In that way we catch consequences of climate change (as monitored) and consequences of management (sowing, transplanting, water, fighting pests, using fertilizers etc.) the way they can be understood with farmers’ agrometeorological learning [22]. Also here farmers can ask any agricultural production related question that we then try to answer and also discuss with them in dialogues during Science Field Shops [15]. This way we get answers that apply to stakeholder realities. Farmers now do not feel abandoned, as they largely are by the government extension services, including the pest and disease observers from the Ministry of Agriculture.

3.2. Climate Predictions

The way in which we presently bring the NOAA monthly “ensemble” climate prediction information to the participating farmers in Indramayu, is a more client friendly information that may be called an agrometeorological advisory (see Section 2). We try to derive the most likely start of the main rainy season and also indicate whether the dry season may be expected to be normal. However, our advisory, given as a scenario for the seasons concerned, remains a qualitative one, based on the raw climate prediction information that we receive from NOAA. For example three recent advisories to our farmers (early January, early February and early March, 2013) were:
The seasonal scenario for West Java: a normal reasonably rainy wet season and a normal start of the dry season that may be expected to be itself normal as well. and
The seasonal scenario should therefore read: till April the season is expected to remain normal but could go into the wetter end of the normal range. and
The seasonal scenario prediction for the farmers then becomes: “The rainy season will continue as normal but might have rains in March/April at the lower end of what is near normal and it may have an early cessation. The dry season may be expected to be dry indeed with possibly a somewhat earlier start”.
The reality from the Indramayu farmers daily measurements was (for a rainy season that had only started by mid-November) a month of February that had appreciably less rainfall than January and March. So from that point of view, the scenario given in January was helpful but that given in February was suggesting the wrong trend within the rainy season, like that in March. But of course these trends remained within the “normal range” of the rainy season as a whole, after a late start. After two years we will ask the farmers through questionnaires about their experiences with these simple seasonal climate scenarios (see [30] on our approach). Dialogues will then help to improve this arrangement.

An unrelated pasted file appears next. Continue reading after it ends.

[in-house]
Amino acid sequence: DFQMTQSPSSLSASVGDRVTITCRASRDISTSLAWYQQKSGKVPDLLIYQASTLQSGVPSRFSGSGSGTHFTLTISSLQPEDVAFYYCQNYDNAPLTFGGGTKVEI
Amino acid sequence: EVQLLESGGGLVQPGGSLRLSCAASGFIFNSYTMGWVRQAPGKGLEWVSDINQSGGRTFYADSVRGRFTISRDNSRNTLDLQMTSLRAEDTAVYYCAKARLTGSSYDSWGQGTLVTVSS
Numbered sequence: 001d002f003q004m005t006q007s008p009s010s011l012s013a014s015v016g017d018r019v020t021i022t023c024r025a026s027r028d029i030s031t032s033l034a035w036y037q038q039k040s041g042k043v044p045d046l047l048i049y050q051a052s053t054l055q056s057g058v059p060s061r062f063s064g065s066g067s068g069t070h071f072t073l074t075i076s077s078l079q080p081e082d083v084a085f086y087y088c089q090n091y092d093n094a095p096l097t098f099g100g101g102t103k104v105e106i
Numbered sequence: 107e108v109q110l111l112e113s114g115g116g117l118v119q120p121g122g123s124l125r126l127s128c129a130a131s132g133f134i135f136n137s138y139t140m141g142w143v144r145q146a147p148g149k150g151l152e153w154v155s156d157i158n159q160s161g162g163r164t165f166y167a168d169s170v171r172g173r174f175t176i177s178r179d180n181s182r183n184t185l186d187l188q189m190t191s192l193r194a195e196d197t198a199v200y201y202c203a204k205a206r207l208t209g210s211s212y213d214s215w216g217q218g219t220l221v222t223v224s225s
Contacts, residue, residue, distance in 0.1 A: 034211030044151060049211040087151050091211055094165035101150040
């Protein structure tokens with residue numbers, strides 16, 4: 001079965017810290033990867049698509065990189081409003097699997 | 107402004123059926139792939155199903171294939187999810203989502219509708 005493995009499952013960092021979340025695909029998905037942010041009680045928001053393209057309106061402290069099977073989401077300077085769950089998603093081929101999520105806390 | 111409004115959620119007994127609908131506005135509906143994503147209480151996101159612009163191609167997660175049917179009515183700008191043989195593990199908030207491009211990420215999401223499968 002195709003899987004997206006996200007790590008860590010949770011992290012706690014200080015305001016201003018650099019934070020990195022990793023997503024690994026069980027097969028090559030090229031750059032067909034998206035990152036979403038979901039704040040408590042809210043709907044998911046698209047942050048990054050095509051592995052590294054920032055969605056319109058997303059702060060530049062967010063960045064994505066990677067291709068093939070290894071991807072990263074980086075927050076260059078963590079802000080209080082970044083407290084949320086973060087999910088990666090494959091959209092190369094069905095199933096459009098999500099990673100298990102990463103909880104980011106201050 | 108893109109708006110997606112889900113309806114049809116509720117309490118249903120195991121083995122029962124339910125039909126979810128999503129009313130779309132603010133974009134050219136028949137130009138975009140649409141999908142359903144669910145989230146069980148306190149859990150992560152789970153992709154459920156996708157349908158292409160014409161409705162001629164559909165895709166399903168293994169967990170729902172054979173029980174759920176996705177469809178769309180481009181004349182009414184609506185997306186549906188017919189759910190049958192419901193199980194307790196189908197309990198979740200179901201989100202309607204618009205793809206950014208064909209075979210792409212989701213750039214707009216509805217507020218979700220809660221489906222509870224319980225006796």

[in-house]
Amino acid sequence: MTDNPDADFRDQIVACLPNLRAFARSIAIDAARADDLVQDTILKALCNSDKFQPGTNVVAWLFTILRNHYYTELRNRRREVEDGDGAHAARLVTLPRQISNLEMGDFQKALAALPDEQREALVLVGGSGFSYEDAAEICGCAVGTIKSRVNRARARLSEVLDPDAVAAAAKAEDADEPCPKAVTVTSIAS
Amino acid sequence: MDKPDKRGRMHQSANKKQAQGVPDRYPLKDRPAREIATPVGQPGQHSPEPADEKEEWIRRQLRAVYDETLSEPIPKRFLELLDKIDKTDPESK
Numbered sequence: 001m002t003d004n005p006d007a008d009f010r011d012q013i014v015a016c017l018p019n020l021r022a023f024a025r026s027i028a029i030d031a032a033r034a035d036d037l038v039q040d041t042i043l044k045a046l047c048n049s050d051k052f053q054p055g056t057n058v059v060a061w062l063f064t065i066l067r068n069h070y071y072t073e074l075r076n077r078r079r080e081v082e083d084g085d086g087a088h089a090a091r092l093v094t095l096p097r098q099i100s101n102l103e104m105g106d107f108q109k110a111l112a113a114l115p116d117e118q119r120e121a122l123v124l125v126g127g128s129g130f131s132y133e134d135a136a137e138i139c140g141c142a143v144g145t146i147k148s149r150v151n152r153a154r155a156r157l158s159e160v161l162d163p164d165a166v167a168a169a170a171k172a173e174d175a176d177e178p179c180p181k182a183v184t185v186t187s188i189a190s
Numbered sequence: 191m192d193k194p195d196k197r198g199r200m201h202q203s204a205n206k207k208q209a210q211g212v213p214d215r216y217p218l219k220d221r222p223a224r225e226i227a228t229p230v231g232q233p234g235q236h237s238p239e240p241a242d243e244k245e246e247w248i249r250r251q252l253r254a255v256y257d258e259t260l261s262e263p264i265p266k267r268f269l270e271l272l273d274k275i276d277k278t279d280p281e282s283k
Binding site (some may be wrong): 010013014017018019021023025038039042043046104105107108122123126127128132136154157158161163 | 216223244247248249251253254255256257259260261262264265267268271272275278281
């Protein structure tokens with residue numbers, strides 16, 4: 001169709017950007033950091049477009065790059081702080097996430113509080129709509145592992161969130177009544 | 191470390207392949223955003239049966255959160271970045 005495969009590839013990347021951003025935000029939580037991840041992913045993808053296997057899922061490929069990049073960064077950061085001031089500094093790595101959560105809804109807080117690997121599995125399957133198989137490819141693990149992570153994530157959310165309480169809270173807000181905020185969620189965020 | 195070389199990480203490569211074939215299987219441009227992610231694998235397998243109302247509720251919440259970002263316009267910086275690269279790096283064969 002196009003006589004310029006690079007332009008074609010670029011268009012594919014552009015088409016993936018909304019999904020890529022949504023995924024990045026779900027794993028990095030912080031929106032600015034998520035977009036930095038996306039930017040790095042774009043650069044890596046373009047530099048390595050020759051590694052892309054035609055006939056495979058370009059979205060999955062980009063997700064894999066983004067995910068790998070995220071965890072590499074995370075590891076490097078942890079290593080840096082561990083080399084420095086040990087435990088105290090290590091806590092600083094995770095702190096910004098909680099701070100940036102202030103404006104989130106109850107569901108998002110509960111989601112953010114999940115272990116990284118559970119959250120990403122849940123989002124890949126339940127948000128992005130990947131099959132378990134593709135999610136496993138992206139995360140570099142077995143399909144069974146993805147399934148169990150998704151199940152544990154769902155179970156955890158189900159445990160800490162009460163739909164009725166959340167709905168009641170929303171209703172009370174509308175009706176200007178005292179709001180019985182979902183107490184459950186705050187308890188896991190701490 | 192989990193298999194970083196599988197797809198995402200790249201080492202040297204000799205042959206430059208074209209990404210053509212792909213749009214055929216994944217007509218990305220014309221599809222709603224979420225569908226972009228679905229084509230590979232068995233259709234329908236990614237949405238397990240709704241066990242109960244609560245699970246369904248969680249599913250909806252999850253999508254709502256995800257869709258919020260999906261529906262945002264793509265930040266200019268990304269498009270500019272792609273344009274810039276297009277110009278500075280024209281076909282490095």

Of course these messages are translated into Bahasa Indonesia before they are sent via SMS to the farmers concerned. Now when do such advisories become a climate service for agriculture? When such an advisory is discussed with these farmers, and when they can ask questions related to understanding of and acting upon these seasonal scenario advisories, the agrometeorological advisory on climate prediction has got the form of an agrometeorological service. Dialogues will then help to improve this arrangement (Section 2).

3.3. Other Agrometeorological Services (Climate Services for Agriculture)

Part II of [9] has examples of other agrometeorological services and how they were established on-farm (see also [8]). Such services can never be established as a routine without well-trained extension intermediaries and/or farmer facilitators (selected by the farmers from among themselves). What the scientists of the examples in [8,9] actually do is linking science-based (agro)climatological products and problem solving in the agricultural production environment for various categories of farmers and extension intermediaries. This particularly contributes to increasing the useful operational applicability of weather science, climate science and various fields of agricultural sciences for extension agrometeorology. This must be seen as a contribution to science itself [26].

4. Three Theorems of Agrometeorological Extension to Build New Response Farming